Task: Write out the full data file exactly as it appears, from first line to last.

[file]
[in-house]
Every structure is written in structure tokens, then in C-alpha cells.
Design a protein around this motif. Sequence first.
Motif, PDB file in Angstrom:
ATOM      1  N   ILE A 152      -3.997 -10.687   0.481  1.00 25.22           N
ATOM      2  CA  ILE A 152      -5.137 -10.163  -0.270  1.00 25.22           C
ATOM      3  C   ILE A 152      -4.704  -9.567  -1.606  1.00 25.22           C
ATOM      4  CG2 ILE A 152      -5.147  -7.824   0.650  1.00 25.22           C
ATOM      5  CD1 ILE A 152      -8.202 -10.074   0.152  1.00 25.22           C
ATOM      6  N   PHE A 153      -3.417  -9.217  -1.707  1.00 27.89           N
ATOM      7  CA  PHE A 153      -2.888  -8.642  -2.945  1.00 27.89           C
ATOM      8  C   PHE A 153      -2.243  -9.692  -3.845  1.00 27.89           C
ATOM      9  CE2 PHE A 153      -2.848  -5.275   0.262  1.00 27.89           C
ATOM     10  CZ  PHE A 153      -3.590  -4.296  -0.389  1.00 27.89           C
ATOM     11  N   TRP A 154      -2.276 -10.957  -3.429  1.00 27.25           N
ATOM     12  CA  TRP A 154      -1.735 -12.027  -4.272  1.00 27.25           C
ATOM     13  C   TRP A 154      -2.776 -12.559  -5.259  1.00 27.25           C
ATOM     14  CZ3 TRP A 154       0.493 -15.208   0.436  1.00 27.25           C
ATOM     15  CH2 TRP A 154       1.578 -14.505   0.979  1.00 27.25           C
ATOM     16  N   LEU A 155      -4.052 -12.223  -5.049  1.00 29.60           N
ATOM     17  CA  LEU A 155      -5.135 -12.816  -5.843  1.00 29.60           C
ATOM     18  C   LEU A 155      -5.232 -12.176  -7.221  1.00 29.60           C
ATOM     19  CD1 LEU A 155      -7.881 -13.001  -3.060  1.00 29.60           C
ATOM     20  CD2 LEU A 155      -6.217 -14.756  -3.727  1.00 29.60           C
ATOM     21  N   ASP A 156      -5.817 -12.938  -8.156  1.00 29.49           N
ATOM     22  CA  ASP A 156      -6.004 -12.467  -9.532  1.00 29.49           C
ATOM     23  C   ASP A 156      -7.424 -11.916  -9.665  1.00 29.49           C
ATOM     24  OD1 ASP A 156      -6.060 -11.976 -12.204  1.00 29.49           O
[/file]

[in-house]
Every structure is written in structure tokens, then in C-alpha cells.
Design a protein around this motif. Sequence first.
Motif, PDB file in Angstrom:
ATOM      1  N   ILE A 152      -3.997 -10.687   0.481  1.00 25.22           N
ATOM      2  CA  ILE A 152      -5.137 -10.163  -0.270  1.00 25.22           C
ATOM      3  C   ILE A 152      -4.704  -9.567  -1.606  1.00 25.22           C
ATOM      4  CG2 ILE A 152      -5.147  -7.824   0.650  1.00 25.22           C
ATOM      5  CD1 ILE A 152      -8.202 -10.074   0.152  1.00 25.22           C
ATOM      6  N   PHE A 153      -3.417  -9.217  -1.707  1.00 27.89           N
ATOM      7  CA  PHE A 153      -2.888  -8.642  -2.945  1.00 27.89           C
ATOM      8  C   PHE A 153      -2.243  -9.692  -3.845  1.00 27.89           C
ATOM      9  CE2 PHE A 153      -2.848  -5.275   0.262  1.00 27.89           C
ATOM     10  CZ  PHE A 153      -3.590  -4.296  -0.389  1.00 27.89           C
ATOM     11  N   TRP A 154      -2.276 -10.957  -3.429  1.00 27.25           N
ATOM     12  CA  TRP A 154      -1.735 -12.027  -4.272  1.00 27.25           C
ATOM     13  C   TRP A 154      -2.776 -12.559  -5.259  1.00 27.25           C
ATOM     14  CZ3 TRP A 154       0.493 -15.208   0.436  1.00 27.25           C
ATOM     15  CH2 TRP A 154       1.578 -14.505   0.979  1.00 27.25           C
ATOM     16  N   LEU A 155      -4.052 -12.223  -5.049  1.00 29.60           N
ATOM     17  CA  LEU A 155      -5.135 -12.816  -5.843  1.00 29.60           C
ATOM     18  C   LEU A 155      -5.232 -12.176  -7.221  1.00 29.60           C
ATOM     19  CD1 LEU A 155      -7.881 -13.001  -3.060  1.00 29.60           C
ATOM     20  CD2 LEU A 155      -6.217 -14.756  -3.727  1.00 29.60           C
ATOM     21  N   ASP A 156      -5.817 -12.938  -8.156  1.00 29.49           N
ATOM     22  CA  ASP A 156      -6.004 -12.467  -9.532  1.00 29.49           C
ATOM     23  C   ASP A 156      -7.424 -11.916  -9.665  1.00 29.49           C
ATOM     24  OD1 ASP A 156      -6.060 -11.976 -12.204  1.00 29.49           O